I have inspected HEPA filter closely and noticed that it has small layers of seems to be hard to remove dirt as you can observe on picture below. I did wash filter after every 2 cleaning routines under hot tap water as according to instructions which mention that even soft cleaner can be used as well. Manual however says nothing about changing this filter and mentions that it supposed to be permanent filter although the filter that must be changed every year is hot air exhaust filter. If anyone has any idea on how to get rid of hardened dirt on HEPA filter and can suggest chemical solution that wouldn't damage it, I would appreciate your input.

Here is a link that might be useful:

    Bookmark   November 3, 2012 at 8:06AM
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geguymw

It looks like you are having a hard time believing anything I say.

What is the brand, model name and model number of the vacuum you have?

What you should do after emptying the dirt bin is take your finger and rub it over every pleat of the filter. As you do it hard enough and quick enough, dirt will dislodge from the pleats, because of movement and vibration. Think of it another way, when we were boys(at least in the USA), we would attach cards to our wheel spokes of our bikes. As we rode, the card would flick against each spoke; making a clicking sound. You are virtually doing the same thing. As you rub your finger over each pleat, it moves and vibrates each pleat; dislodging dirt. Some Panasonic made bagless vacuum cleaners utilized this technique, where plastic "fingers" would rub over the pleats of the filter, with just a turn of a knob. If you are rubbing every pleat good enough, you should be making a small "clicking" noise and see dust fall out.

Another thing to do, in between filter rinses, is take the dusting brush attachment(if your model has this attachment) and brush in between the pleats. You could use something like a soft paint brush also. Be careful to not wear the filter material out. Some vacuum brands tell the user not to do this. Brands which prohibit are usually using a thin paper filter. Tapping the filter against the trash can will help dislodge thick layers of collected dirt from the filter. Just make sure the plastic filter frame is the only thing hitting against the trash can. This is usually done before flicking the filter pleats with your fingers.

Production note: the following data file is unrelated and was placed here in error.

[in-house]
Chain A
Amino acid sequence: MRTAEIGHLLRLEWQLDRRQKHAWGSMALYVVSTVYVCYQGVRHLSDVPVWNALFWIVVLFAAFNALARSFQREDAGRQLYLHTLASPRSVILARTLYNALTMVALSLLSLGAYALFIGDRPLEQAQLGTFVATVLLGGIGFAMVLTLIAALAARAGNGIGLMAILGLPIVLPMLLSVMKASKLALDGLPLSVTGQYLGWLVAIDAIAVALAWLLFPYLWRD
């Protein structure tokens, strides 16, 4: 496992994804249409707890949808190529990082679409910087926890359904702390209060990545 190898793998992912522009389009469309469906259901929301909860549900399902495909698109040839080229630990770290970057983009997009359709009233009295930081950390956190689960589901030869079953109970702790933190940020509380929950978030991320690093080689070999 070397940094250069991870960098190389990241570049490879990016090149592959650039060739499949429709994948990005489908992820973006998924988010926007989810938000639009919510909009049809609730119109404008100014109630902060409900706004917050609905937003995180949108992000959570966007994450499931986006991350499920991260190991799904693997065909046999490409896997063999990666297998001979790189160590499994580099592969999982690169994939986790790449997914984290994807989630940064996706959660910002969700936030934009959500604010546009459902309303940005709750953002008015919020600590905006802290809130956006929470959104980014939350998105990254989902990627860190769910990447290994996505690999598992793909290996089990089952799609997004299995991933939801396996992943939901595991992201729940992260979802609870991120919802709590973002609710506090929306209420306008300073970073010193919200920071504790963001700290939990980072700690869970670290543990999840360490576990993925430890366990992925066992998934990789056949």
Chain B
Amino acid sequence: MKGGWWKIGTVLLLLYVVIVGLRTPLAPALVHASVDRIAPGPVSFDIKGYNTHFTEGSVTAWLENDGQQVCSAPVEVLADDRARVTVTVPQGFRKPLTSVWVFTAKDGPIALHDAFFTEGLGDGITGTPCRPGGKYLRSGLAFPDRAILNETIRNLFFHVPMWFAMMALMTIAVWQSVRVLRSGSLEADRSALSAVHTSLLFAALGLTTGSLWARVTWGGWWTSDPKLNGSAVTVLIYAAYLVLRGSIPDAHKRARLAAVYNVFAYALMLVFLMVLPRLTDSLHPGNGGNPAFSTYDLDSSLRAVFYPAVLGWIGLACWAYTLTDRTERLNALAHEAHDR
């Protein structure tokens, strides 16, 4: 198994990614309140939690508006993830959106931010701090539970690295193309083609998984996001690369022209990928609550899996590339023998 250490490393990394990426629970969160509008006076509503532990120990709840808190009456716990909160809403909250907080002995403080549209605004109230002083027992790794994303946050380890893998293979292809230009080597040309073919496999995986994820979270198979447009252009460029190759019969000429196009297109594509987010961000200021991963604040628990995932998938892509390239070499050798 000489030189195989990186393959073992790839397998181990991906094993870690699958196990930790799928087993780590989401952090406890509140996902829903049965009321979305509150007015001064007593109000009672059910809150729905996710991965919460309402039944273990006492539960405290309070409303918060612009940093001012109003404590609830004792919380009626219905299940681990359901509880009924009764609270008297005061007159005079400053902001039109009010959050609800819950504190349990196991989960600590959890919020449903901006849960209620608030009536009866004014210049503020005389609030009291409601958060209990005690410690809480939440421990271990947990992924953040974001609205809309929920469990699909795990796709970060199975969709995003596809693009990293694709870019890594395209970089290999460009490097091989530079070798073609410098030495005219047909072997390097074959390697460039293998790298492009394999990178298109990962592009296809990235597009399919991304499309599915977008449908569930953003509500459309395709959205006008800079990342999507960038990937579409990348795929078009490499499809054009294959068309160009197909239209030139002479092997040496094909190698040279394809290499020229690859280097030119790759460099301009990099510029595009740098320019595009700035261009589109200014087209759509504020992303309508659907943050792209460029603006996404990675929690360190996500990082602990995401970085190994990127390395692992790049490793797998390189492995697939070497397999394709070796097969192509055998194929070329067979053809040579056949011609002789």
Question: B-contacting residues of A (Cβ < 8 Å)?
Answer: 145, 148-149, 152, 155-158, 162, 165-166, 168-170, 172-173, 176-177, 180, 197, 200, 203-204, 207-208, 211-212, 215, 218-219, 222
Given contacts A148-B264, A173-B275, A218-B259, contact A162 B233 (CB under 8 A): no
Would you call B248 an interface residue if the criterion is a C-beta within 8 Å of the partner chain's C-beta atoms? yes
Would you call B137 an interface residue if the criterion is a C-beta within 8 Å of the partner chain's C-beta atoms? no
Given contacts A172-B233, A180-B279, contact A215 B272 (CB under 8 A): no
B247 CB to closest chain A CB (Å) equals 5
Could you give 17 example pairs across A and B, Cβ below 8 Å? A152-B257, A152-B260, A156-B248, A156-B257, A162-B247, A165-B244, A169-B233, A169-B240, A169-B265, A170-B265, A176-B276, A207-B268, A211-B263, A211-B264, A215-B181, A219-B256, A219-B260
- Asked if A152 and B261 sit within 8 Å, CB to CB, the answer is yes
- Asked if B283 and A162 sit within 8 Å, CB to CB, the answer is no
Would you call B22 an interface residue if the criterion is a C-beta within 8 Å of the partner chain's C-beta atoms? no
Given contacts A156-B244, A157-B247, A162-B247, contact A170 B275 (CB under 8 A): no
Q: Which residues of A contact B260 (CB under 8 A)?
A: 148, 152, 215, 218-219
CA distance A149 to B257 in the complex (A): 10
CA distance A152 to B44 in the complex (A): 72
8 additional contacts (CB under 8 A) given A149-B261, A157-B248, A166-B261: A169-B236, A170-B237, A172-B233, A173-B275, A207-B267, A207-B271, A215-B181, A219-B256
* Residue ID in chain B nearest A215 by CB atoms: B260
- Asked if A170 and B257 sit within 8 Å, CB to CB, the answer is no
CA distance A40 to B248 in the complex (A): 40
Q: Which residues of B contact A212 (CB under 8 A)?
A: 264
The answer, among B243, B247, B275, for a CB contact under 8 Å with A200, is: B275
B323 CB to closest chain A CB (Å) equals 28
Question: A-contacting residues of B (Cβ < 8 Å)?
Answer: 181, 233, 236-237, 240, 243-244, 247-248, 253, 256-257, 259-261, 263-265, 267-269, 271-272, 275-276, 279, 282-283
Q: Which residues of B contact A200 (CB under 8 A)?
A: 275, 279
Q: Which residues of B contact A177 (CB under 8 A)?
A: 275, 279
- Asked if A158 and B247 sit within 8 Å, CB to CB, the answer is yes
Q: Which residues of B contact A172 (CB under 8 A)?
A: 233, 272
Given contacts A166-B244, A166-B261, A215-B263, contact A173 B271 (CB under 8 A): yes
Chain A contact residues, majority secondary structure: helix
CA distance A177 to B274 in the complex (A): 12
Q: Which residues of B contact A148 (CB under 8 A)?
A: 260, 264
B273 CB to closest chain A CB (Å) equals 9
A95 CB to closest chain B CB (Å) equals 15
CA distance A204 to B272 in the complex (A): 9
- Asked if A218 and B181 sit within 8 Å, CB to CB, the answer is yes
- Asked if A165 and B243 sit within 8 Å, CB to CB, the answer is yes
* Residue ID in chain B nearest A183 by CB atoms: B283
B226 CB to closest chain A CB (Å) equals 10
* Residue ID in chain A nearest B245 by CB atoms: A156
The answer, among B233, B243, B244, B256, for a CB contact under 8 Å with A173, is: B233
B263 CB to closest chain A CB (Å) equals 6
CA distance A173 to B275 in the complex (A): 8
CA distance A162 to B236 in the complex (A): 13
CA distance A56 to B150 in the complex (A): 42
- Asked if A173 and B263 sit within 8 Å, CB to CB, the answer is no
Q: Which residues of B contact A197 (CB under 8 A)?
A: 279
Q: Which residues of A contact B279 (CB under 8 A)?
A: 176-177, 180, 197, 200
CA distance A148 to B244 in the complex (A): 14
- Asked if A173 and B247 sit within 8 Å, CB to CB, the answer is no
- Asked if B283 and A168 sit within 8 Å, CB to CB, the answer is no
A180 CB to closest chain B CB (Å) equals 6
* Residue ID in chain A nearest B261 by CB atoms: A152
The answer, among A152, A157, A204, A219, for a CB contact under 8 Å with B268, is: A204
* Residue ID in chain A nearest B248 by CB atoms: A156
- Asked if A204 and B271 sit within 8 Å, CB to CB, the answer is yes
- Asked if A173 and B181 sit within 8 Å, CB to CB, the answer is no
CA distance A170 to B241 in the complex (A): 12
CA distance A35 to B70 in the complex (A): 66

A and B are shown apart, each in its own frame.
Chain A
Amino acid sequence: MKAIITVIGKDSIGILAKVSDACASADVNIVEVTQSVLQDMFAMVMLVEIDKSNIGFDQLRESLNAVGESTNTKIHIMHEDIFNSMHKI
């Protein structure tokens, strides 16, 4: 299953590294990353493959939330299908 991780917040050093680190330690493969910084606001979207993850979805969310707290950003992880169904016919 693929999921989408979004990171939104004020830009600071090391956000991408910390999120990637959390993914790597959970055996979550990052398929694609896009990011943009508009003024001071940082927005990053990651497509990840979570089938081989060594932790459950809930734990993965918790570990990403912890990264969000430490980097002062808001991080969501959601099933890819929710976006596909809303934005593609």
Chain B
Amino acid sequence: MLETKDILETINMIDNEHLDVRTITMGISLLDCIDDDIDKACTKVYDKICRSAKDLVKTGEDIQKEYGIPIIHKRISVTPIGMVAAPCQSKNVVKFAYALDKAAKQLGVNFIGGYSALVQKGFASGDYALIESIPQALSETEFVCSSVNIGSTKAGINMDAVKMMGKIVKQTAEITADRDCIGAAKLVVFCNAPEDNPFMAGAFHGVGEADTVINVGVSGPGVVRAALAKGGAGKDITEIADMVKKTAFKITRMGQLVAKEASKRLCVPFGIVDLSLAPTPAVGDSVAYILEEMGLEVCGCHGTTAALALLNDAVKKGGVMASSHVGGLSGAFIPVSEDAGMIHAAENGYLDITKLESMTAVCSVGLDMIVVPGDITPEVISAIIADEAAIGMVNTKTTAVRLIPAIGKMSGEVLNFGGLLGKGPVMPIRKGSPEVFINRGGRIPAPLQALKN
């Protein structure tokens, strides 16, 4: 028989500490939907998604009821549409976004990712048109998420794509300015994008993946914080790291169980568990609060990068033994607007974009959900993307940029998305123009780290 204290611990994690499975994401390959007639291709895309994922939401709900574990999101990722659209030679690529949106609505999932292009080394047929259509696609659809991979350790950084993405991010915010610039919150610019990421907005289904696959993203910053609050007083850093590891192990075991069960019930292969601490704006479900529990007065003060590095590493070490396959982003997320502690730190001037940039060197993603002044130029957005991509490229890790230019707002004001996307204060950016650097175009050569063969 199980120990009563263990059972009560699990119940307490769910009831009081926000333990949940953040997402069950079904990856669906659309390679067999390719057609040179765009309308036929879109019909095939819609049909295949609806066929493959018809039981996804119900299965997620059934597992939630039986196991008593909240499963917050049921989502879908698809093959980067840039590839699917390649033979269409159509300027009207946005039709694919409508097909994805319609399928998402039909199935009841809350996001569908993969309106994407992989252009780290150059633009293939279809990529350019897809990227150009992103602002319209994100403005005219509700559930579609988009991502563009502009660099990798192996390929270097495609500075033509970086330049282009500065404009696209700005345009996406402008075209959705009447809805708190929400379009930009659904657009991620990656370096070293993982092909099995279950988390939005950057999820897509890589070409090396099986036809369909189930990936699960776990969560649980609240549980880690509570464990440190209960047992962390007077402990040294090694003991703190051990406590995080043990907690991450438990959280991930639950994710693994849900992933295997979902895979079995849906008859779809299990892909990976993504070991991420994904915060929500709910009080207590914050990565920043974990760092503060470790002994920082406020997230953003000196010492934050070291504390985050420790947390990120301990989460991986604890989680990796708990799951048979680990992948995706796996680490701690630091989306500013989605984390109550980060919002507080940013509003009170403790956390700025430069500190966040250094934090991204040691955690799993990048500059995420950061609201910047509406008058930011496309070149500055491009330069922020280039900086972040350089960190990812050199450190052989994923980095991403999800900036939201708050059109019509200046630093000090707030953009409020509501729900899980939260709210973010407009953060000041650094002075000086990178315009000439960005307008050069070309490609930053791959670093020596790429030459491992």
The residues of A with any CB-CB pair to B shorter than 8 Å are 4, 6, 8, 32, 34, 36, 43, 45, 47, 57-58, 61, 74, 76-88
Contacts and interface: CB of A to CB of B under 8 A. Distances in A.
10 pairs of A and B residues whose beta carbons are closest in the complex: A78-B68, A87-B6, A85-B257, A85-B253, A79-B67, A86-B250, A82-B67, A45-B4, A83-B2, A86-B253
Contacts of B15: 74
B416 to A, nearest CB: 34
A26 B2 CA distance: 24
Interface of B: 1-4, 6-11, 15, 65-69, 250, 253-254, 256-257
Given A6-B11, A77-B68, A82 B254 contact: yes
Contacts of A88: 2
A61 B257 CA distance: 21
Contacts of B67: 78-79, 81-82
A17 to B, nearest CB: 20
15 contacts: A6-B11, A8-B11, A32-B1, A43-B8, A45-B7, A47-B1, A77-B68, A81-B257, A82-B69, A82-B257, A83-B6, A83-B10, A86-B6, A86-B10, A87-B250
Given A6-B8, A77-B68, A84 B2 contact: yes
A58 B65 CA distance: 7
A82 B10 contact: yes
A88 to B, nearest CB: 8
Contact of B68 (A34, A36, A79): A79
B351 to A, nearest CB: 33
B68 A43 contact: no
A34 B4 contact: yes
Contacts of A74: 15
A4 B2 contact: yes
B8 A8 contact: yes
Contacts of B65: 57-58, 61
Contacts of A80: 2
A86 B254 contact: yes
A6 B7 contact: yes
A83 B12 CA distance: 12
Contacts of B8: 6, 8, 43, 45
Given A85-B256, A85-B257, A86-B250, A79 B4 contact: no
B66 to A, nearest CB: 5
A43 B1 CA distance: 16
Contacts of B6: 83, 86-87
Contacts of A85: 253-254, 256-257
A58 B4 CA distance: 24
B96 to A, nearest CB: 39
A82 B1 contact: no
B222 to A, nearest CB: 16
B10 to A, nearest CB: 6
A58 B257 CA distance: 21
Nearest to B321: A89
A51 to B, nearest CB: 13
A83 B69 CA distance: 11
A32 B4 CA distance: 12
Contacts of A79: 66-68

Be sure to do all of this outdoors, because it can get messy.

Let me say again, I listened to your short video originally and knew what was going on. You partially did what I said, and noticed a difference, but you still do not believe. I said nothing about dropping any part of the vacuum. Most bagless vacuums have the filter in the dirt bin. This filter will usually come apart from the lid or base of the dirt bin. It will either unscrew or lift out of the bin lid or base. If you remove the filter, then replace the lid, then reinstall the bin in the vacuum, you can then turn the vacuum on and listen. Do not pick up any dirt, while doing this test. If I knew the brand and model number, I would know for sure how your filter is installs in the dirt bin.

    Bookmark   November 3, 2012 at 3:40PM
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borVAC

@geguymw Thanks for your help.

Well that was a long and daunting task I would say! The advertisements make it easier to sound like "effortless vacuum cleaner" because no need to bother changing bags constantly, but had I known this bagless filter requires such cleaning, I would have considered different vacuum cleaner WITH bags.